Nabokov gives a novel… novel.

Posted on October 10, 2011

Pale Fire by Vladamir Nabokov

What makes Vladmir Nabokov so great? I maintain that the reason my hair is still curly is because of the shivers his prose sends through my scalp. But it’s more than that. Each of his works seems like a puzzle or an illusion and it’s up to you as the reader to figure out the real story. Pale Fire is quite possibly the most masterful of his novels when it comes to the twists and turns of plot and theme that makes Nabokov’s novels so very special.

You want to know the craziest thing that’s been said about this book? It pre-empts HTML. Yeah. The book is ‘actually’ a poem by the fictional John Shade. But the better part of the pages are taken up by a forward, footnotes and conclusion, written by Charles Kinbote a ‘friend’ and admirer of the great poet.

And therein, we find the real story and the true joy of this book. You can read it any way you want. You can do it the way I did (on my Nook) and read the poem then go through the footnotes. Or, you can just dig right in with the footnotes. If you were to read the poem by itself you would be very bored and angry. This book was one of the first documents translated into HTML because the best way to read it would be to instantly go to the footnotes for each line or so of the poem.

A great deal of the narrative deals with the fictional state of Zembla and the absconsion of it’s leader, King Charles. For you linguistics nerds, there’s even a constructed language.

This is easily the most mind-bending of Nabokov’s novels (that I’ve read). The prose is not as solid, but that wasn’t really the point. As in most books, the main characters are not who they seem, the idea of authorship is blurred and you’ll spend some time at a liberal arts college in the middle of nowhere.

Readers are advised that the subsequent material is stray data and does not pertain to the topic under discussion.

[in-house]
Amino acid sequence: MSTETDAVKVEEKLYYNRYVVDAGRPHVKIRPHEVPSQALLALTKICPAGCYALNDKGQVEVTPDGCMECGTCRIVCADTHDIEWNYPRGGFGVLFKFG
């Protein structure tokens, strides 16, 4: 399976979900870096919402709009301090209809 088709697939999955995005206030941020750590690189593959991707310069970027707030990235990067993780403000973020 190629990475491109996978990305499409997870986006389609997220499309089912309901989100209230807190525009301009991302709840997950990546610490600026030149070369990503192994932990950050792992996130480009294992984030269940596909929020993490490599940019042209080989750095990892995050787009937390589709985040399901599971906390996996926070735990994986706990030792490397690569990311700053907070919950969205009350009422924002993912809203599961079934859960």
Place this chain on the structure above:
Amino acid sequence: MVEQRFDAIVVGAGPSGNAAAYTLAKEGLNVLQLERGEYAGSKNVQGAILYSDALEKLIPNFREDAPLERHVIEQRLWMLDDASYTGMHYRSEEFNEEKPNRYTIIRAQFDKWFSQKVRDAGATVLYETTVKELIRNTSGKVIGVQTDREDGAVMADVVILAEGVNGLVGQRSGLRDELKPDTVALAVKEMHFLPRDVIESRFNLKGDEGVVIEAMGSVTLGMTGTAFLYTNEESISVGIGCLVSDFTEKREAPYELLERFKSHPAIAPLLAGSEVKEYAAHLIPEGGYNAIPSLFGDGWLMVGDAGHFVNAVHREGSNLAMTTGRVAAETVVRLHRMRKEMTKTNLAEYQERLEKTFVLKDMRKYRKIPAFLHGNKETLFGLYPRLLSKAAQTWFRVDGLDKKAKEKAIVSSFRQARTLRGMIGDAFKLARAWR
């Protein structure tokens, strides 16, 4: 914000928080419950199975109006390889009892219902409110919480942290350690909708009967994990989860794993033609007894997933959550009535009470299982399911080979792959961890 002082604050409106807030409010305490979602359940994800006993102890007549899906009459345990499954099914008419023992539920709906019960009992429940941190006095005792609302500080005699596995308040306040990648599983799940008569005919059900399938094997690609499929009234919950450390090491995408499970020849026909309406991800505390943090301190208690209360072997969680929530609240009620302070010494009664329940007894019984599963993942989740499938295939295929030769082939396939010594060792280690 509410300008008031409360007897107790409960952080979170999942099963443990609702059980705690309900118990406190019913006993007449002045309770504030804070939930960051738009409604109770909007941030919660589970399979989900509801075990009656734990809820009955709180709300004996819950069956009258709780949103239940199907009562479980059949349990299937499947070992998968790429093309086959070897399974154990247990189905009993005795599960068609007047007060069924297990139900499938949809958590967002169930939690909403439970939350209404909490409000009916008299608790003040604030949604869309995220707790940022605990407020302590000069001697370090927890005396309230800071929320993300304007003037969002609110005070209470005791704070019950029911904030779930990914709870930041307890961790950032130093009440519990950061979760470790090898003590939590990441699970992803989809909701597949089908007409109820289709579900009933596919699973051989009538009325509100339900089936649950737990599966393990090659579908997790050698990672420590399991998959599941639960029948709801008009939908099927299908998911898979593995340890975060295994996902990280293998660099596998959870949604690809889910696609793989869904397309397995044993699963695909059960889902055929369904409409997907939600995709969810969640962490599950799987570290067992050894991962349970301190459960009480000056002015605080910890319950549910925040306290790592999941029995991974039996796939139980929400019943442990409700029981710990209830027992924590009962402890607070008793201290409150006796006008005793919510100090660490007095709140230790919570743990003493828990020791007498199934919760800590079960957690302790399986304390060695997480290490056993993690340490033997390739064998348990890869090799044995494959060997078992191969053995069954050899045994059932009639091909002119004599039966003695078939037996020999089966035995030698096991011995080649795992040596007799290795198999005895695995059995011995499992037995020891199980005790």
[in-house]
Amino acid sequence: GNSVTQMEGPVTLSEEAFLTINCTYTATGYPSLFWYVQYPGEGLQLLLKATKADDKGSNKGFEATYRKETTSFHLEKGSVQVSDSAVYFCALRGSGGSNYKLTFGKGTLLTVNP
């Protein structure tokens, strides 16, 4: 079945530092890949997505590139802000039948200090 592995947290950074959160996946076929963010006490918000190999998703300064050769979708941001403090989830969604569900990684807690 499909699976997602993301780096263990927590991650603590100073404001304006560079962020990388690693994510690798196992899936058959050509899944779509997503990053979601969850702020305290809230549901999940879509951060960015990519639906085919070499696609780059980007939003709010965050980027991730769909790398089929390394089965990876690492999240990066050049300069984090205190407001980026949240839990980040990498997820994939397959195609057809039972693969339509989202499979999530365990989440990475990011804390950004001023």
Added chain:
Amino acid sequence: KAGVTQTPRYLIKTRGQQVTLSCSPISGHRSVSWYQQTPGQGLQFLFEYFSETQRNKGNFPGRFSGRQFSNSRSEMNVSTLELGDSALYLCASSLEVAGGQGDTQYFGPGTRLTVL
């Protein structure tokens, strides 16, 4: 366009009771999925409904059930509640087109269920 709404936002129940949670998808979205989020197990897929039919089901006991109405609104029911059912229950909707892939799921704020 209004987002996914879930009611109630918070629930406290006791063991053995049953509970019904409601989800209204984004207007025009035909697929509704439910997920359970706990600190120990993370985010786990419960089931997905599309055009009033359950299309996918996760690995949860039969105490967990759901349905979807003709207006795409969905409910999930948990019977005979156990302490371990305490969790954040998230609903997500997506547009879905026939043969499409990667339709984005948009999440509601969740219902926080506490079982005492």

Here’s the thing about this book (I’m really trying to come up with a good noun to describe it, maybe work?) is that it has been analyzed moreso that the better part of anything else. Many Nabokovians consider this his most perfect novel (‘Pnin’ has this distinction in my opinion).

If you have never read anything by Vladamir Nabokov, I wouldn’t start with Pale Fire. You really have to be willing to sit down the same way you would with a crossword puzzle or chess problem. I’d start with Pnin or Lolita. However, if you’re looking to pick something up that will make you think, not about life, morality or the human condition, but rather about the artistic possibilities of the written word, then you definitely want to check out Pale Fire.

Like this book review? I’ve got a whole lot more. Here you go!


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2 Responses to “Nabokov gives a novel… novel.”

  1. Bill on October 10th, 2011 1:04 pm

    This is my favorite by Nabokov personally but I haven’t read Pnin.

  2. Heath on October 10th, 2011 1:13 pm

    What else have you read?

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